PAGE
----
Some interesting information in a press article.
This is new to me:
They also mention lead-poisoning, from the habit of carrying musket-balls in the mouth.A Plains Indian warrior would sometimes become ill with Mercury poisoning after unknowingly painting his forehead, face or other areas of his body frequently with a natural substance Mercury-lined pigment dye before hunting or participating in a raid or battle.
This on their height:
This is quite interesting -- since one sometimes hears quite wild figures based, I think, on estimated heights of individuals in literary sources.The Plains Indians were not very tall people during the 1800’s. The average height of a Plains Indian was 5’6” - 5’9” tall.
I've seen a fairly comprehensive survey of bone material over time -- It's online but I can't recall where now -- and I think that was giving 5′ 9″ as an average height (or perhaps it was 5’6” - 5’9” as here). Obviously, some individuals were taller, and some tribes seemed to have been on average, too. I think the Crow were said to have been. The Oasge were geneally reckoned the tallest (they were on the edge of the Plains and farmed as well). But we seem to have an average height that's comparable to some prehistoric populations -- and to the height in current First World countries -- but not, on the whole, greater.
It's interesting that the ages of white captive boys were sometimes under-estimated by U.S. Army medical officers examining them:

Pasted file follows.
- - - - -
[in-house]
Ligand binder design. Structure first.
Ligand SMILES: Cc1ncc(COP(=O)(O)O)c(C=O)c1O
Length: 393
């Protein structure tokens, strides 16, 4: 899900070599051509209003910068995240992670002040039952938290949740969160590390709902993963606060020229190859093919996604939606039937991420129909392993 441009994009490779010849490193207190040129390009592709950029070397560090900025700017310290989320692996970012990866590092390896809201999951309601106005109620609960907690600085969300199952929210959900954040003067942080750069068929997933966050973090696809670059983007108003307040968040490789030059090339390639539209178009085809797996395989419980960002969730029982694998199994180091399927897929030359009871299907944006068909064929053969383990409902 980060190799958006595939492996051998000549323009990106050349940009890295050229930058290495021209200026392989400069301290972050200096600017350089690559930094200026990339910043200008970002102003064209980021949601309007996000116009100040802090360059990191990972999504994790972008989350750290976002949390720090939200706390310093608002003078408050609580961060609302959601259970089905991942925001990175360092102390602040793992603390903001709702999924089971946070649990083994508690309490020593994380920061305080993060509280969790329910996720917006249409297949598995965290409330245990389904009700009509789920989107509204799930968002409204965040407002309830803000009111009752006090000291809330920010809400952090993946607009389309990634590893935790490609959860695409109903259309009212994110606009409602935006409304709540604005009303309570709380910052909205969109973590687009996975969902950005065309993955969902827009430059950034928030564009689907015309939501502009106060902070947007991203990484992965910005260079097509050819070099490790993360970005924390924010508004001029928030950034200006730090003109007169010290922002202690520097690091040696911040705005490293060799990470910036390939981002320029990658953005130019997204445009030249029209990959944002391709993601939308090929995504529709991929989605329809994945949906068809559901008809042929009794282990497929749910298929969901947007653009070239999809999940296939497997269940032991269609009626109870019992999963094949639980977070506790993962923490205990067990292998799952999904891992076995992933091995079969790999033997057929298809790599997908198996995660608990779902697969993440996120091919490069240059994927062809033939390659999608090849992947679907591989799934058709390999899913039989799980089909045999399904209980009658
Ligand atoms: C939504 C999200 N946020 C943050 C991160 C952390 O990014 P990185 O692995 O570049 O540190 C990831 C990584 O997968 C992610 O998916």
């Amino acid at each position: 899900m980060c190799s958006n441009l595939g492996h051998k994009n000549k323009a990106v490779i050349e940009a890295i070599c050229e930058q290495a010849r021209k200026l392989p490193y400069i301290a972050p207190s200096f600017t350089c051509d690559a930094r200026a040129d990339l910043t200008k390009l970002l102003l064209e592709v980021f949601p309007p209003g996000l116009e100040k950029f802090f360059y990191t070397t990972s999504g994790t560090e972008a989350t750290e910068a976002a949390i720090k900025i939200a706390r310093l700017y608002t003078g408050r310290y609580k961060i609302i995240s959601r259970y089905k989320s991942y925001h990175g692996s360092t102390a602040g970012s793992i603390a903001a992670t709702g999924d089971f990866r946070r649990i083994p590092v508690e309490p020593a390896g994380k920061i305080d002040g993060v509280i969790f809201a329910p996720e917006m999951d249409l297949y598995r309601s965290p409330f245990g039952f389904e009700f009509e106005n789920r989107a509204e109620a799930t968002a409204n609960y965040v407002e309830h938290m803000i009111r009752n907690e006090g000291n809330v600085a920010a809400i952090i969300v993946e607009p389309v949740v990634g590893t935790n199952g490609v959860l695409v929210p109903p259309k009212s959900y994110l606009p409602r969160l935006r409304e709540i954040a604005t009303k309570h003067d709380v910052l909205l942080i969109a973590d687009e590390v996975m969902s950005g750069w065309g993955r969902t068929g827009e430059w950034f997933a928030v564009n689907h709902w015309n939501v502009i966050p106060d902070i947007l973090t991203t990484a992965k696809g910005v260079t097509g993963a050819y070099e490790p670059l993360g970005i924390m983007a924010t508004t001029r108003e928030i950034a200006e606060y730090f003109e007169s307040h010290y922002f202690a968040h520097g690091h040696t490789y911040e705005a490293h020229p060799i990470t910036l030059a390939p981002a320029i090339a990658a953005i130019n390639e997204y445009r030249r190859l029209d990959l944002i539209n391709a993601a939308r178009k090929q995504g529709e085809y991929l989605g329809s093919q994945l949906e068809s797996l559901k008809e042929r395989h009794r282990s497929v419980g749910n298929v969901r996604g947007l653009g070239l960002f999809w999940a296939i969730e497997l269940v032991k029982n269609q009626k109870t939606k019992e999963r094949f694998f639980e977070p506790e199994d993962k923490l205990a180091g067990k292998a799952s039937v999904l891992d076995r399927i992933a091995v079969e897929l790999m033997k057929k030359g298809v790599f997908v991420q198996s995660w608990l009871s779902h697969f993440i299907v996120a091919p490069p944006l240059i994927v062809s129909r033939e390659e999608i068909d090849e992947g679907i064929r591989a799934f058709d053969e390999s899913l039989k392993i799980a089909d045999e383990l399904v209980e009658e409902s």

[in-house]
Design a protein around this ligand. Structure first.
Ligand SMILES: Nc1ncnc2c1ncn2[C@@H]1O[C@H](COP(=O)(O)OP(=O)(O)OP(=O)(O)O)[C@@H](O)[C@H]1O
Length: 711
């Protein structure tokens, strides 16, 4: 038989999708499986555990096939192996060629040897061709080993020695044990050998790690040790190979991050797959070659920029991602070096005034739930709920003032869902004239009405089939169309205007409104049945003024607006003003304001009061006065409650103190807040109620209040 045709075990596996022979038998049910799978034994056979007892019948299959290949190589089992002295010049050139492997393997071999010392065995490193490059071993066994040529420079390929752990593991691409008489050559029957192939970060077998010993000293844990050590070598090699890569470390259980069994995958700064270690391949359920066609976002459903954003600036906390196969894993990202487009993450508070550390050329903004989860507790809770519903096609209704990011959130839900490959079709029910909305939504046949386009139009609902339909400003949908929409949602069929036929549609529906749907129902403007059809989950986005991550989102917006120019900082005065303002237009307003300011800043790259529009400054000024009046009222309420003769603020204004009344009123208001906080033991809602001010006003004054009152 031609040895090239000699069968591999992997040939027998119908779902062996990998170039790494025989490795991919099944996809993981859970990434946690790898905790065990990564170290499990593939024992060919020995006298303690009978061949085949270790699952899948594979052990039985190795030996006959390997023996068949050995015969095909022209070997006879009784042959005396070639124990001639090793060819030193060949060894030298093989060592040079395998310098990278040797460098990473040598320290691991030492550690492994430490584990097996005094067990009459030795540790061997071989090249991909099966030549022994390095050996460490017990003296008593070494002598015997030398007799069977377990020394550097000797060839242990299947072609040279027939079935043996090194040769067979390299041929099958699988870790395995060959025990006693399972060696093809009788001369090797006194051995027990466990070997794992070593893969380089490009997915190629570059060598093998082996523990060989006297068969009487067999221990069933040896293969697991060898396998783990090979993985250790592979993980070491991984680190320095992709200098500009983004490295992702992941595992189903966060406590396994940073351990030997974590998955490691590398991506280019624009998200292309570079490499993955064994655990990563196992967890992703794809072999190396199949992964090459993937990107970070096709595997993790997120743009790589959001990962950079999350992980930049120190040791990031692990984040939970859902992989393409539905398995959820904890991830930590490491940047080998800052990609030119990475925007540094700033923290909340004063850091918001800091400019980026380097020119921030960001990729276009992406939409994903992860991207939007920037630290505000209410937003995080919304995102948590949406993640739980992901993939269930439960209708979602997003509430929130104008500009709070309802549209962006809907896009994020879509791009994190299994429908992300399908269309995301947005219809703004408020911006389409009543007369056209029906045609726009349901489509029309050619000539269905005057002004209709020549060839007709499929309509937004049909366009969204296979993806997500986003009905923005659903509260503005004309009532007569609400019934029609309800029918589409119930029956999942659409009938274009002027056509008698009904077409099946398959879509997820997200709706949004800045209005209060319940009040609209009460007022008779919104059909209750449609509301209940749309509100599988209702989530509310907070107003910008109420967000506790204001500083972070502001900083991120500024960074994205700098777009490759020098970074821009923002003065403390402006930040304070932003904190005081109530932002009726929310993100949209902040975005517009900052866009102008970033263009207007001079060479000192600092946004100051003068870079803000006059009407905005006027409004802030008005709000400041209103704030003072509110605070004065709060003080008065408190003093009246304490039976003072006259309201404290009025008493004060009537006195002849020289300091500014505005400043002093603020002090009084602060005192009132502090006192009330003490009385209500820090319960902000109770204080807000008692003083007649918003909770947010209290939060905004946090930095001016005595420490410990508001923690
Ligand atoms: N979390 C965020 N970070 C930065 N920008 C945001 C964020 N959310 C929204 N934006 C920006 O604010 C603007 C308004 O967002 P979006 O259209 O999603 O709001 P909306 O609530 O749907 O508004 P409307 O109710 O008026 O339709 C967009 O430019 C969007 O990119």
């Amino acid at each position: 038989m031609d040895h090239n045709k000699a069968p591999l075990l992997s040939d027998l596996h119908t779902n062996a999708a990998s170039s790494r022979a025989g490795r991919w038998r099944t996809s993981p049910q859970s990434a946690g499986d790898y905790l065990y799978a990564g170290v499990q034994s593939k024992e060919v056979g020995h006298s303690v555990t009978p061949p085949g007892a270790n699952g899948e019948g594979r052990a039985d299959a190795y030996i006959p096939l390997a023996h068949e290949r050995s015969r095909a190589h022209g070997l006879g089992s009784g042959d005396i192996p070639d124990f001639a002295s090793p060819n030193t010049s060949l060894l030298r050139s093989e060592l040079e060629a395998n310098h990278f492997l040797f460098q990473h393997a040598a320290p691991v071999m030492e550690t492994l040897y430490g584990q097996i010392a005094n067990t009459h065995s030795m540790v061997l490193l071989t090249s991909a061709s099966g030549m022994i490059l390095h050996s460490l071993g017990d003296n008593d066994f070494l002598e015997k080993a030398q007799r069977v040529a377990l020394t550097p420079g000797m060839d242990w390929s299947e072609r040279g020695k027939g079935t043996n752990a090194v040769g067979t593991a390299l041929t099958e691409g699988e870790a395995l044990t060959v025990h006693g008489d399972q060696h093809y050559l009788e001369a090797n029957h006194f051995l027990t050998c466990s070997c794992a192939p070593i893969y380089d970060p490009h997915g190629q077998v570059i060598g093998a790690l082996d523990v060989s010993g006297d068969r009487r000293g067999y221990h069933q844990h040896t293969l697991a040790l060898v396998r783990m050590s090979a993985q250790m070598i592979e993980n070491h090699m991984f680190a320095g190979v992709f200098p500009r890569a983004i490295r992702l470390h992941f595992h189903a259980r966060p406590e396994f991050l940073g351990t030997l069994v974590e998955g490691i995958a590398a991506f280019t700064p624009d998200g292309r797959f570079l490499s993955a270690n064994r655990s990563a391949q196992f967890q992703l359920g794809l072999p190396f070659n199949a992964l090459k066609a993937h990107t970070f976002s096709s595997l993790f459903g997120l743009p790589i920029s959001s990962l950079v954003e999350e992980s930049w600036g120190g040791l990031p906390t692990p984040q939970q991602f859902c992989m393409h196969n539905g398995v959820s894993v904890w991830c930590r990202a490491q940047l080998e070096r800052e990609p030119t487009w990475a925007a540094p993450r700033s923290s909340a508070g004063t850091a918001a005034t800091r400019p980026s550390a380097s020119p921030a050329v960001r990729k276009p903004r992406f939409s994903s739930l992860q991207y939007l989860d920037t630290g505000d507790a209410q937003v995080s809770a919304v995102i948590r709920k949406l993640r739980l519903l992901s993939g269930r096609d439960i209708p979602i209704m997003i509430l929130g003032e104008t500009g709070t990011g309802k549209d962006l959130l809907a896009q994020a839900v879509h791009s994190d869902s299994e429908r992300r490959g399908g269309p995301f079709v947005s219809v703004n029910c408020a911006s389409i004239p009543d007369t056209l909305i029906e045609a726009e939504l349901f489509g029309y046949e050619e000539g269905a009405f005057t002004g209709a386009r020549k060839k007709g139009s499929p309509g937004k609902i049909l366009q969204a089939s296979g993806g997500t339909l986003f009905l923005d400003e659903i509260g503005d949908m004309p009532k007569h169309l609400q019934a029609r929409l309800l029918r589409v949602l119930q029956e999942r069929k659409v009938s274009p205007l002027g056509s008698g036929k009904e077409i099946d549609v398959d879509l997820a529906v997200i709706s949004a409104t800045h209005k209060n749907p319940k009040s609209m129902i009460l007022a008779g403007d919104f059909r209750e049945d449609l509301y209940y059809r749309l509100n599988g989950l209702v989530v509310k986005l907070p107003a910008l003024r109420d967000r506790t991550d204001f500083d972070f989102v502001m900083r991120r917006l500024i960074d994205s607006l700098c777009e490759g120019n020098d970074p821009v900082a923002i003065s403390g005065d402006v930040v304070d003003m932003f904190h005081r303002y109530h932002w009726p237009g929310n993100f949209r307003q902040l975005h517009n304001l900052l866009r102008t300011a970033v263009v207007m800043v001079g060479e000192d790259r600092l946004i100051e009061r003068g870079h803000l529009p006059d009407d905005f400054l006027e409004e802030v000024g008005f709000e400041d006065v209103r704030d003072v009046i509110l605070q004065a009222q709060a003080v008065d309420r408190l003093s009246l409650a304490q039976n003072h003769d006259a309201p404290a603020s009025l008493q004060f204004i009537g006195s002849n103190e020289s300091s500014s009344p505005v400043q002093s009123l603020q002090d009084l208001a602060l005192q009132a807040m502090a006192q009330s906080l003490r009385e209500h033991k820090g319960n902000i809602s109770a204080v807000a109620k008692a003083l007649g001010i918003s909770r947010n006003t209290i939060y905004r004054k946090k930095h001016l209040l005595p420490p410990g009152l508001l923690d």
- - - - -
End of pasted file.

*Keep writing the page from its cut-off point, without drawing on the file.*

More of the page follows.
Amazon.com: The Captured: A True Story of Abduction by Indians on the Texas Frontier (9780312317898): Scott Zesch: Books
It's suggested by Scot Zesch that this underestimate of age occured, because perhaps these boys hadn't grown as much as they would have at home. Yet while these children had what we would consider a tough time, the boys seem on the whole not have been treated any more harshly than their captors' own male children, and not deliberately underfed.
It's certainly interesting. It's something of a regular claim in Paleo Diet circles that hunters must always be bigger than agriculturalists. That certainly can be true, but it doesnt always seem to be so.
Anyway, I've gone into a digression. Here's the article -- also inludes three linked YouTube videos, which I haven't seen yet:
Op-Ed: Michael Bad-Hand Terry talks at Oregon Trail Interpretive Center (Includes first-hand account)